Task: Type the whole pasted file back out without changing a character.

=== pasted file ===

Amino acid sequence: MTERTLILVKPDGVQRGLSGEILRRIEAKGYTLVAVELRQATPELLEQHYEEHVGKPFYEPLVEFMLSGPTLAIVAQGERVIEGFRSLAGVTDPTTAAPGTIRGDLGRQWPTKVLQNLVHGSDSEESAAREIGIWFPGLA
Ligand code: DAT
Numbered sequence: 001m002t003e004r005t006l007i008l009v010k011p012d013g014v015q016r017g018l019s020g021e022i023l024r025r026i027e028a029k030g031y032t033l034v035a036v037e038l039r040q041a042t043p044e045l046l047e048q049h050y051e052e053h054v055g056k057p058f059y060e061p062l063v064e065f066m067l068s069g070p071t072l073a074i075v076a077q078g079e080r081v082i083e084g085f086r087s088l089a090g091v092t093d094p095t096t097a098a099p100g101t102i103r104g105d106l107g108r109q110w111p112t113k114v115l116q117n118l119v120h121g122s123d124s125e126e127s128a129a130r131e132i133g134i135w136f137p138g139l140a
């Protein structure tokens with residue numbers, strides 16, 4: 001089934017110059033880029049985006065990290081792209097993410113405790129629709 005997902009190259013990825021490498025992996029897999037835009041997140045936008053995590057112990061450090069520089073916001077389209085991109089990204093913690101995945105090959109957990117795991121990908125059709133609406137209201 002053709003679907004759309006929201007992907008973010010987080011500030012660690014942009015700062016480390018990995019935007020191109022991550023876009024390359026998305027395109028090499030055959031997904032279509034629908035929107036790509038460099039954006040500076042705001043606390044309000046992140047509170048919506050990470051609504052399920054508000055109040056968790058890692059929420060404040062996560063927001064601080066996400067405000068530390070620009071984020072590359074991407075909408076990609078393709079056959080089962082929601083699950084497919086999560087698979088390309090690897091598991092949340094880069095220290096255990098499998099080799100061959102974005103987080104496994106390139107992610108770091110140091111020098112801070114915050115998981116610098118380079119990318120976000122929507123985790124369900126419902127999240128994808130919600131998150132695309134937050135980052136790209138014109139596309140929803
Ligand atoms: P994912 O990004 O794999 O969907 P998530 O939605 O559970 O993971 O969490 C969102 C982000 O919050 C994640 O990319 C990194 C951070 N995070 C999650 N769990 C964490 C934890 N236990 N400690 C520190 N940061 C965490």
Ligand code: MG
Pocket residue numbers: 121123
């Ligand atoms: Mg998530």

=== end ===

Amino acid sequence: MTERTLILVKPDGVQRGLSGEILRRIEAKGYTLVAVELRQATPELLEQHYEEHVGKPFYEPLVEFMLSGPTLAIVAQGERVIEGFRSLAGVTDPTTAAPGTIRGDLGRQWPTKVLQNLVHGSDSEESAAREIGIWFPGLA
Ligand code: DAT
Numbered sequence: 001m002t003e004r005t006l007i008l009v010k011p012d013g014v015q016r017g018l019s020g021e022i023l024r025r026i027e028a029k030g031y032t033l034v035a036v037e038l039r040q041a042t043p044e045l046l047e048q049h050y051e052e053h054v055g056k057p058f059y060e061p062l063v064e065f066m067l068s069g070p071t072l073a074i075v076a077q078g079e080r081v082i083e084g085f086r087s088l089a090g091v092t093d094p095t096t097a098a099p100g101t102i103r104g105d106l107g108r109q110w111p112t113k114v115l116q117n118l119v120h121g122s123d124s125e126e127s128a129a130r131e132i133g134i135w136f137p138g139l140a
């Protein structure tokens with residue numbers, strides 16, 4: 001089934017110059033880029049985006065990290081792209097993410113405790129629709 005997902009190259013990825021490498025992996029897999037835009041997140045936008053995590057112990061450090069520089073916001077389209085991109089990204093913690101995945105090959109957990117795991121990908125059709133609406137209201 002053709003679907004759309006929201007992907008973010010987080011500030012660690014942009015700062016480390018990995019935007020191109022991550023876009024390359026998305027395109028090499030055959031997904032279509034629908035929107036790509038460099039954006040500076042705001043606390044309000046992140047509170048919506050990470051609504052399920054508000055109040056968790058890692059929420060404040062996560063927001064601080066996400067405000068530390070620009071984020072590359074991407075909408076990609078393709079056959080089962082929601083699950084497919086999560087698979088390309090690897091598991092949340094880069095220290096255990098499998099080799100061959102974005103987080104496994106390139107992610108770091110140091111020098112801070114915050115998981116610098118380079119990318120976000122929507123985790124369900126419902127999240128994808130919600131998150132695309134937050135980052136790209138014109139596309140929803
Ligand atoms: P994912 O990004 O794999 O969907 P998530 O939605 O559970 O993971 O969490 C969102 C982000 O919050 C994640 O990319 C990194 C951070 N995070 C999650 N769990 C964490 C934890 N236990 N400690 C520190 N940061 C965490």
Ligand code: MG
Pocket residue numbers: 121123
């Ligand atoms: Mg998530």